The NBA playoffs are well underway and we still have a ton of unanswered questions: Can the Warriors repeat? Can Lebron singlehandedly will his team to victory? Do the Celtics actually have a shot at winning it all? (Yes. Probably not. Step away from the green Kool-Aid.)
If hoops talk isn’t really your thing, that’s OK, because we have something even better in store for you: The Content Marketing Weekly. This time around, we take a look at some of Google’s latest moves, where to find inspiration for high-quality content and a visual spin on project management.
Even the best content marketers hit the wall sometimes. There are moments when the creative well runs dry, and despite your best efforts, there’s just no way to seamlessly fit a Game of Thrones reference into your latest blog content. But don’t go all Ned Stark and lose your head, because over at Search Engine Journal, Gregg Schwartz has some fresh sources of inspiration to power your content.
Some of his recommendations are fairly standard practice – it’s always a good idea to take a look at what your competitors are doing and see what’s working for them – but it’s still sound advice.
Other sources you may be overlooking include your internal teams, especially your sales staff. Arguably no one else in your organization has a better idea of what issues your target audience cares about and what pain points are hitting them hardest.
You can also use social media as a source for creativity, browsing Twitter, LinkedIn and the rest of them to get a sense of what’s trending and what the hottest industry topics are. For a little extra oomph in this department, BuzzSumo lets you plug in target keywords and spits out the most heavily shared blog content using those terms.
The main takeaway here is that there are endless sources of inspiration to draw from, so don’t get discouraged if you’re brainstorming session has stalled out.
Read the whole story here.
So, the truth finally comes out. If you’ve spent the past few months expanding your meta descriptions to account for the longer SERP snippets Google introduced last December, we’ve got some bad news for you: It doesn’t really matter.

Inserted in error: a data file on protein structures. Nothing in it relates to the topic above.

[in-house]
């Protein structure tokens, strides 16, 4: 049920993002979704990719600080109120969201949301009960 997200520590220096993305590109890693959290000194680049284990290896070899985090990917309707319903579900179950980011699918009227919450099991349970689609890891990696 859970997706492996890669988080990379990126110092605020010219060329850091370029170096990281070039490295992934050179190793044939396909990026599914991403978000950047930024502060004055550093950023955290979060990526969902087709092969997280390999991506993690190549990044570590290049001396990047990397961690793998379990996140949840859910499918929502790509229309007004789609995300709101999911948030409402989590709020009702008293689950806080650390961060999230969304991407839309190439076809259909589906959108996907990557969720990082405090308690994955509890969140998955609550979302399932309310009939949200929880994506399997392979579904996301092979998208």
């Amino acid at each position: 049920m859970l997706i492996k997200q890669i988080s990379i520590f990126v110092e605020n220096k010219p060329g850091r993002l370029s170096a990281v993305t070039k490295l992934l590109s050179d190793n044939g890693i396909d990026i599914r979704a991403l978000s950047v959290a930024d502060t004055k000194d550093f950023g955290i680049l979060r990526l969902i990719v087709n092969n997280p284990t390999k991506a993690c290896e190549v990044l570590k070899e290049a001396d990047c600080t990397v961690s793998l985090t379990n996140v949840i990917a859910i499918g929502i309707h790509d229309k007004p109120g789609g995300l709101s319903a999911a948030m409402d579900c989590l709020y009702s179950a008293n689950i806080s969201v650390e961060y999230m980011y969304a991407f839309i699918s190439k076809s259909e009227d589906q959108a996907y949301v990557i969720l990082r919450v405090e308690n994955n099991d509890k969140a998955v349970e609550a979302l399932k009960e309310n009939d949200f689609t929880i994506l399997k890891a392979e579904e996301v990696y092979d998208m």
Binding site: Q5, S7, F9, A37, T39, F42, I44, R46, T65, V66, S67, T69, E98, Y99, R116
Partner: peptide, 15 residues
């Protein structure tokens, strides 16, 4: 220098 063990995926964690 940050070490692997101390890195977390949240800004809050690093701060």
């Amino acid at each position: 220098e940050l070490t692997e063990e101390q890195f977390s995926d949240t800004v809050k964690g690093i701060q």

According to Search Engine Land, Google confirmed that it had begun trimming search snippets in recent weeks. Back when the tech giant initially started stretching out those extracts, the average length ballooned to more than 300 characters. Now, it has dipped back down to around 160 characters.
To be fair, Google did warn people at the time not to try and write longer meta descriptions for the sake of meeting length guidelines. That’s because there never were any.
“There is no fixed length for snippets. Length varies based on what our systems deem to be most useful,” Google’s Danny Sullivan stated.
If you’re kicking yourself right now, take solace in the fact that you’re probably not alone. But such is life in the content marketing game.
Featured Snippets may have been the first step in Google’s long-term goal to make it quicker and easier for people to find the information they’re looking for without actually clicking on an article or web page.
Search Engine Journal’s Roger Montti reported that a recent research paper published by the tech giant itself shines a light on a new algorithm that could effectively cull useful information from a wide variety of sources and cut out anything deemed irrelevant. It would then generate a new article composed of these different pieces – a Frankenstein’s monster of purely concentrated information, totally devoid of fluff.
Specific details about these “extractive summaries” are still underwraps. For instance, Montti wonders if this content will provide links to its sources (i.e., your content), or cut them out of the equation altogether.
Until we learn more, it’s tough to say what effect this will have on content marketing best practices, but it does bring something into sharp focus that we would all do well to keep in mind: Google’s always looking out for Google.
Check out the whole story.
Getting your team on the same page and keeping them there is one of the most challenging aspects of content marketing. You’ve got strategists, writers, designers, videographers and social media members, among others, all working together on an overarching campaign.
Over at the Content Marketing Institute, Nadya Khoja has a bold idea for communicating content goals, managing ongoing campaigns and increasing team productivity: Make it visual.
Khoja suggests using project management software and design assets to create a visual representation for every component of your content marketing strategy. That may include your product roadmap, corporate strategy, high-level company goals or individual tasks that need to be accomplished. By presenting this information in a well-designed visual format, teams can better digest it and have a clearer understanding of what their roles and responsibilities are at any given moment. That means team members are productive, goals are met and the bigwigs in your organization are ecstatic about your content marketing results.
Take a look at the whole article for yourself.
That does it for another round of the CM Weekly, but keep your eyes on this page for more content marketing goodness.